Good vs. Evil. Superman vs. Lex Luther. Batman and Robin vs...well a whole cast of bad guys. The NBA’s version starts Tuesday night. The Oklahoma City Thunder in white and the Miami Heat in black. Let’s do it.
Those who hate the Heat will point to the postgame celebration after Saturday’s series clinching win over the Boston Celtics as the most recent reason. Dancing because you outlasted the aging Celtics in a tough seven-game series just to get to the Finals? Please.
But how did this venom all start? Why are the Heat so hated by some? That’s easy.
The celebration put on by the Heat when LeBron James and Chris Bosh signed started the venom. The celebration that was staged before practice number one. The very same celebration that saw LeBron nod in agreement when the announcer said they were here to win multiple championships. That’s when LeBron proclaimed the now famous, “ not one, not two, not three, not four, not five, not six, not seven...” as to how many Larry O’Brien’s Miami would win.
I will admit it rubbed me the wrong way when the announcer urged the crowd to welcome “their Miami Heat!” There were three players on the stage. The last time I checked you had to have at least five on the court.
James, Wade and Bosh were referred to as the three kings and received keys to the city.
But what has stuck in my craw the most about that event, was Dwyane Wade calling the three of them “arguably the best trio to ever play the game of basketball.”
I don’t care that he used the word arguably. It’s a ridiculous statement. Let’s go back in time to examine that claim.
Los Angeles Lakers: Wilt Chamberlain, Jerry West and Elgin Baylor.
Wilt is the only player in NBA history to average both 40 and 50 points per game in a season. He won seven scoring and 11 rebounding titles. He won two championships and four MVPs. He was Rookie of the Year and a Finals MVP. He was a 13 time All-Star.
West is the NBA logo. That should be enough. But for those of you who don’t know, he was a 14 time All-Star who won a championship. He holds the NBA record for the highest scoring average in a playoff series with 46.3 points per game during the 1965 Western Division Finals against Baltimore. He was the only player from a losing team to win an NBA Finals MVP.
Baylor was the 1959 Rookie of the Year and an 11 time All-Star. A knee injury forced his retirement nine games into the 1971-72 season that saw the Lakers win their first championship.
Remember that Wilt, West and Baylor had to compete against Bill Russell's Boston Celtics that won 11 championships in 13 years.
Los Angeles Lakers: Kareem Abdul Jabbar, James Worthy and Magic Johnson.
Kareem is the all-time leading scorer in NBA history. He won six championships and six MVPs. He was an All-Star a record 19 times and created the only un-blockable shot in NBA history, the sky hook.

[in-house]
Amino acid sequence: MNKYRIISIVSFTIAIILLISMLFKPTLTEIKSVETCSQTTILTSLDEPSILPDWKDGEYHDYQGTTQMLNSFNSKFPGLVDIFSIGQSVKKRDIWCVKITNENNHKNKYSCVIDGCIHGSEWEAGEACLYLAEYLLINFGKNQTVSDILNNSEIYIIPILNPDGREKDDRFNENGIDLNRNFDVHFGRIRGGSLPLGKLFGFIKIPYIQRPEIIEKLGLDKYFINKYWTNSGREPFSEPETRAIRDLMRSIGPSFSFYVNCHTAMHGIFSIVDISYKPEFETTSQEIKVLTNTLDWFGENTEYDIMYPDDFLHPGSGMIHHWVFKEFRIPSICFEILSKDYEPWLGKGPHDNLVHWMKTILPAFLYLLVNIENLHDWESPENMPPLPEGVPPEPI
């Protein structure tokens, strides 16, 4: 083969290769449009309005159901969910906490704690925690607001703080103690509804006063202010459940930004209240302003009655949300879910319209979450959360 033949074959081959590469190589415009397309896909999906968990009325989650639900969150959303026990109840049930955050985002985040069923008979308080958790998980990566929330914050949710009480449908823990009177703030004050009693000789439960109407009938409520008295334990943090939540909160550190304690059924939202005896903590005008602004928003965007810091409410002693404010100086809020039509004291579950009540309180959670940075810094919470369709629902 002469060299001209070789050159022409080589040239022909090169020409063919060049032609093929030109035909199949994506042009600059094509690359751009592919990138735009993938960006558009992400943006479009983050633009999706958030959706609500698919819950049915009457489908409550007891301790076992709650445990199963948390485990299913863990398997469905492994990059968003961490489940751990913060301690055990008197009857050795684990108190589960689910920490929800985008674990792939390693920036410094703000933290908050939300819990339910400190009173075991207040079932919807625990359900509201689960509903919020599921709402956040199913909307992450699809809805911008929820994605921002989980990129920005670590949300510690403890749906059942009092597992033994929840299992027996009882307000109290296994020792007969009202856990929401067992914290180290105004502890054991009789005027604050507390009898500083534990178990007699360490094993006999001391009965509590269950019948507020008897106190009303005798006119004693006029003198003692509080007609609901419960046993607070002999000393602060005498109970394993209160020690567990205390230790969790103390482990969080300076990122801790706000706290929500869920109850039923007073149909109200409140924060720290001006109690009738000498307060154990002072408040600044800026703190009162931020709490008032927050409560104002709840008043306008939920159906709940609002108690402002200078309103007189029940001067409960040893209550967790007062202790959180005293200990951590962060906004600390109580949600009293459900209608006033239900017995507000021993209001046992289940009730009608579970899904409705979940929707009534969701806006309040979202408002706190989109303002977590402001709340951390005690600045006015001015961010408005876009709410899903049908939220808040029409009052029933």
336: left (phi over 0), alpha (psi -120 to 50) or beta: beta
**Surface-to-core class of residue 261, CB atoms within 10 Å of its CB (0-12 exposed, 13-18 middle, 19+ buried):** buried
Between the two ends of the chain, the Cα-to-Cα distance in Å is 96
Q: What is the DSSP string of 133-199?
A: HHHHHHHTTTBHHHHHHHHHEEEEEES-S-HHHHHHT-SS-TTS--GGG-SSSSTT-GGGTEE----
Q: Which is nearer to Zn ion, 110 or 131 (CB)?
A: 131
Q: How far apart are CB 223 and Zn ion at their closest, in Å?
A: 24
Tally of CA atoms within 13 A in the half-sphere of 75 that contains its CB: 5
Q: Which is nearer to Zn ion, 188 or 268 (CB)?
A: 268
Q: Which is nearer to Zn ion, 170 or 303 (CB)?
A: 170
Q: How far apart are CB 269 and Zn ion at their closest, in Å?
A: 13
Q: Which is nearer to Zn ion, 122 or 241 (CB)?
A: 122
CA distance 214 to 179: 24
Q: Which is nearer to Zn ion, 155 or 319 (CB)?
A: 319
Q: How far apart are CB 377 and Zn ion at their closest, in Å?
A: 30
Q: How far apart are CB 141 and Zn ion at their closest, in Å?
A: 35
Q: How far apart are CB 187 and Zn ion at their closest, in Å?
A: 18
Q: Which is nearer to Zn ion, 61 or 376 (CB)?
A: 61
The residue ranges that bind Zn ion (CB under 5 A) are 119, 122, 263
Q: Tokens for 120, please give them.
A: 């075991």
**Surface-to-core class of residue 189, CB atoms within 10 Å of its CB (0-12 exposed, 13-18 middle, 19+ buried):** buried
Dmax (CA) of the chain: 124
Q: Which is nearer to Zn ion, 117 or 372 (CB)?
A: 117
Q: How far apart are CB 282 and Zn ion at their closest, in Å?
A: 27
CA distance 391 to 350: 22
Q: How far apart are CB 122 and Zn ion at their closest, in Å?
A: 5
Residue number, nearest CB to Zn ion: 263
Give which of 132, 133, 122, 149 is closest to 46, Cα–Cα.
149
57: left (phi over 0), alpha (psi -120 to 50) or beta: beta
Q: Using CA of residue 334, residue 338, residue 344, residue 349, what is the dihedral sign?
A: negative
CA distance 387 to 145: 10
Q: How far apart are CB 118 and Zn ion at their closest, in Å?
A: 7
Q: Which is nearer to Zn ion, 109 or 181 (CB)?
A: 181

Worthy was a seven time All-Star with three championships. He was voted one of the 50 greatest players in the history of the NBA in 1996.
Magic was Magic, a five time champion who won three MVPs. He was an All-Star 12 times and is the NBA’s all time assist leader at 11.2 per game.
Boston Celtics: Larry Bird, Kevin McHale and Robert Parrish.
Bird was half of the duo, along with Magic, that saved the NBA. Their Finals were on tape delay when he came into the league. He was a 12 time All-Star in his 13 seasons. He won three MVPs and three championships.
McHale was a seven time All-Star with three championships. Even though he came off the bench much of his career, he was named one of the Top 50 players also.
Parrish won four championships and made 9 All-Star teams while also making that Top 50 team.
Chicago Bulls: Michael Jordan, Scottie Pippen and Dennis Rodman.
Michael won six championships and six MVPs. A 14 time All-Star with ten scoring titles—oh for pete’s sake. It’s Michael Jordan.
Pippen won six championships and was named to the All-Defensive first team eight straight times. He also was on that Top 50 team.
Rodman was All-Defensive first team seven times and a two time Defensive Player of the Year. He led the league in rebounding seven straight years and won five championships.
I’m not claiming this list to be the ultimate list of trios. These just came to my mind. Every one of these players is in the Hall of Fame. I don’t question that James and Wade will be, but Bosh?
How does the Heat trio stack up? Obviously they have more years to go, but Wade made the statement last year.
LeBron was rookie of the year and is an eight time All-Star. His three MVPs in the last four years is outstanding. However, he is still without a championship.
Wade is an eight time All-Star with one championship.
Bosh is a five time All-Star with no championships.
They don’t stack up.
That’s why the venom; the flash, glitz and preening before the first practice, never mind the first championship.
And now here comes the Thunder from little, collegiate-like, laid back Oklahoma City. The Thunder who are led by three-time scoring champ Kevin Durant.
Good vs. Evil. And for the first time since the 1997 Finals we have the league MVP against the league scoring champion. In 1997 MVP Jordan beat scoring champ Karl Malone’s Utah Jazz. Will MVP James beat scoring champ Durant?
I'm not thinking so. That announcement at the 2010 Heat celebration may have been prophetic. The one asking the crowd to go nuts for “their Miami Heat!”
Remember that only Bosh, Wade and James were on the stage.
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